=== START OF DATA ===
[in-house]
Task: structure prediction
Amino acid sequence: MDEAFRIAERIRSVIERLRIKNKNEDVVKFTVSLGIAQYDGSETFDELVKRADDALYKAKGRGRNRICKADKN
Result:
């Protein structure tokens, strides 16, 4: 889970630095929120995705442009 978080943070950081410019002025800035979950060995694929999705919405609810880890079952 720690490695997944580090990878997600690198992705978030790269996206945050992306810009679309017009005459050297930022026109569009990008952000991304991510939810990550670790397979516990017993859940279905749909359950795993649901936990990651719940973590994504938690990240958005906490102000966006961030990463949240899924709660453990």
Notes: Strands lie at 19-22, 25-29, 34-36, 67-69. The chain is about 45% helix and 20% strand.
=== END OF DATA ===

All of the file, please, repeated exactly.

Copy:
[in-house]
Task: structure prediction
Amino acid sequence: MDEAFRIAERIRSVIERLRIKNKNEDVVKFTVSLGIAQYDGSETFDELVKRADDALYKAKGRGRNRICKADKN
Result:
């Protein structure tokens, strides 16, 4: 889970630095929120995705442009 978080943070950081410019002025800035979950060995694929999705919405609810880890079952 720690490695997944580090990878997600690198992705978030790269996206945050992306810009679309017009005459050297930022026109569009990008952000991304991510939810990550670790397979516990017993859940279905749909359950795993649901936990990651719940973590994504938690990240958005906490102000966006961030990463949240899924709660453990």
Notes: Strands lie at 19-22, 25-29, 34-36, 67-69. The chain is about 45% helix and 20% strand.